I’ve resisted reading Julia Quinn’s novels for quite a while now. Part of my reluctance comes from the sheer number of linear feet her books take up on the library shelf. Her back catalog is extensive, and given my propensity to binge read ALL THE BOOKS when I find an author I like, I knew that if I was fond of her writing, I’d be buried in a Quinn avalanche for months.
Despite my misgivings, I borrowed a copy of Romancing Mister Bridgerton from my local library and dove in. The result? Although the fourth installment in the Bridgerton series has found its way onto my “read it again” shelf, I won’t be buried under the Bridgertons (isn’t that a pretty picture?) anytime soon. Much of that has to do with two other books in the series, which I’ll be reviewing a little later this week. For now, I’ll focus on book 4, Romancing Mister Bridgerton, and the awesomeness that is the romance between Colin Bridgerton and Penelope Featherington.
Romancing is the perfect collection of all of my favorite romance novel tropes:
- Unrequited love? CHECK.
- Spinster with dreams of more? YUP.
- Spinster with a secret? OH YEAH.
- Hot aristocrat with hidden depths? LE SIGH. YES.
- Unexpected pairing? THANK GOODNESS.
It’s a fairly basic, straightforward story: Girl meets Boy when she’s little more than a girl and falls in love. Hard. Girl spends years pining after Boy, who, of course, never notices. Girl learns to live with her unrequited love through an awkward debut, uninspiring suitors, and looming spinsterhood, only to have Boy return from a trip abroad and finally SEE her. Boy realizes that Girl is the one he’s been waiting his whole life to love and proceeds to kick himself in the arse for not realizing it sooner.
Man, I love spinster stories. I am one of those people who root for the underdog in all things, and there is no one more in need of cheering than the regency-era unmarried woman over twenty-five. There’s just something special about shining the spotlight on a woman who’s been overlooked for most of her life. She’s too pudgy, too awkward, too smart, too quiet–in short, judged not good enough for all the wrong reasons. As a reader you’re privy to all the wonderful qualities of this character that everyone else dismisses. When the hero finally comes to his senses and starts seeing the spinster the way you do, the way she should be seen, it’s a spectacular vindication. And it’s just so damn romantic.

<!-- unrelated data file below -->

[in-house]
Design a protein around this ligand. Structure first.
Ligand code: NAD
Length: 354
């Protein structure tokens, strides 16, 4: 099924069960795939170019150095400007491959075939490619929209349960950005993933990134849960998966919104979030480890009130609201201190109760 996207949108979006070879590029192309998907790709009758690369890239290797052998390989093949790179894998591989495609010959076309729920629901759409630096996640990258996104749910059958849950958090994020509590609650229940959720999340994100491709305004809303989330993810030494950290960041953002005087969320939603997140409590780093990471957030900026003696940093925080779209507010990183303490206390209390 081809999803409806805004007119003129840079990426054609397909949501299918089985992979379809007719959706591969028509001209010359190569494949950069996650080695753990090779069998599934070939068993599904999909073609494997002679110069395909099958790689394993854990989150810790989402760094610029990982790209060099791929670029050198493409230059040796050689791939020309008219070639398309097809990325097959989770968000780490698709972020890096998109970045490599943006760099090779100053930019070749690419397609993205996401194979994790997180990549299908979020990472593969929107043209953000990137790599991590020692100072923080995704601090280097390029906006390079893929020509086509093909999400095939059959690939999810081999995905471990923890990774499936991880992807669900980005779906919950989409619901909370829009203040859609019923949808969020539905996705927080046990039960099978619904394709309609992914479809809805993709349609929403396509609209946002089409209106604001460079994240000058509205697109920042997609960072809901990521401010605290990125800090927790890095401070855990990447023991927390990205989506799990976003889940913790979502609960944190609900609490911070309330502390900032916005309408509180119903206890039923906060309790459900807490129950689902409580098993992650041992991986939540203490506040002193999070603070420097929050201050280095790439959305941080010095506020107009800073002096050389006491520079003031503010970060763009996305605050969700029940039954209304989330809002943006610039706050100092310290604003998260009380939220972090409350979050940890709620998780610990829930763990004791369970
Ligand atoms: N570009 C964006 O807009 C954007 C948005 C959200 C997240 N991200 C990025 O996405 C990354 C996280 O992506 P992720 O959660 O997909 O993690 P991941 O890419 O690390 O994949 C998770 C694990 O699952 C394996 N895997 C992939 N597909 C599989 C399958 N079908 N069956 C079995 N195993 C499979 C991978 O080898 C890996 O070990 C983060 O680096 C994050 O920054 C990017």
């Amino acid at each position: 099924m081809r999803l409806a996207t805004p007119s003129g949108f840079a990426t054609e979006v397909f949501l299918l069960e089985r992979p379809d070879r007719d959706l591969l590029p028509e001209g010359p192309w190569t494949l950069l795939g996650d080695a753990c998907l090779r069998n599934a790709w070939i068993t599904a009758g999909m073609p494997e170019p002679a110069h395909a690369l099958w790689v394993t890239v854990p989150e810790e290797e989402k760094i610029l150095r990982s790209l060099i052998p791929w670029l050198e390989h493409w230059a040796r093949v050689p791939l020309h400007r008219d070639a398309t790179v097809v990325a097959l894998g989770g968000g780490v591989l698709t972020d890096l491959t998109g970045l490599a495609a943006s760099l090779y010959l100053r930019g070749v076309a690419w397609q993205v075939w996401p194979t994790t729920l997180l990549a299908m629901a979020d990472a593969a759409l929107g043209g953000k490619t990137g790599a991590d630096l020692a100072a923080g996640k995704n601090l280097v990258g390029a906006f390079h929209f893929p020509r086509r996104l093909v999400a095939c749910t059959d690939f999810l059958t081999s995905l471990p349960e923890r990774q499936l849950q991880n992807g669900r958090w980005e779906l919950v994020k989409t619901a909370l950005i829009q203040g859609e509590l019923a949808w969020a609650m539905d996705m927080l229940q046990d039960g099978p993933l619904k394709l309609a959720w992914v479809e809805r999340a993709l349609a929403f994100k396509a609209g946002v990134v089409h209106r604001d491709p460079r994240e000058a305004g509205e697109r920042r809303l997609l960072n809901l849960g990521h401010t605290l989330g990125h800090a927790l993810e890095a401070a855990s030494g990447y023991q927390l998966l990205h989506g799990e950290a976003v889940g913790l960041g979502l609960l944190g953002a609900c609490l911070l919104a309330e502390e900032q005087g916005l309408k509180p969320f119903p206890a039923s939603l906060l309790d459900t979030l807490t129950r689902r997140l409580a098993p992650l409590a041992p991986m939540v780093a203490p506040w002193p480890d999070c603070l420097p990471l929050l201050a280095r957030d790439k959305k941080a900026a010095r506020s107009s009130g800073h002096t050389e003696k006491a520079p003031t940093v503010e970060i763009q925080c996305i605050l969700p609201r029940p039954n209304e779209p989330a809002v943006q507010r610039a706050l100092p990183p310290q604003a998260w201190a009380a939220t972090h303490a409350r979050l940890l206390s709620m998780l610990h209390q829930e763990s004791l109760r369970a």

Penelope is a perfect spinster heroine, right up there with the likes of Callie in Sarah MacLean’s 9 Rules to Break When Romancing a Rake or the other Penelope in A Rogue By Any Other Name. After a run-in with one of my favorite grande dames of regency romance, the irrepressible Lady Danbury, Penelope embraces the possibility that there might be more to her than just an awkward unmarried woman. That’s all it really takes to unlock overlooked potential–someone truly seeing it for the first time. Colin noticing Penelope is all a result of her new-found sense of self. Colin’s not a perfect hero: he’s a bit petulant and a little dim for my liking, but he’s good-natured and charming enough. Most importantly he eventually gets Penelope–really gets her–which is his saving grace and most redeeming quality. Their romance isn’t torrid and passionate–it’s real. It’s a meeting of true partners as much as lovers, two people who can be each other’s champions when needed.
As you can tell, this story is my jam.
Quinn’s a fantastic writer. Imagine Tessa Dare’s wit and flair for dialogue combined with Courtney Milan’s emotional tugs (the lighter ones, not the angsty ones). She’s not as racy as MacLean but there’s still an aspect of sensuality and physicality to her romance. Aside from an abrupt ending, I thought the pacing was excellent. It felt like reading a great letter from an old friend.
The Bridgerton family themselves are obviously endless fodder for comic relief and future romance, but I’ll save my thoughts on the other books in the series for another post.
What was your introduction to the Bridgertons? Did you start at the beginning with The Duke and I? Or start at the end/middle?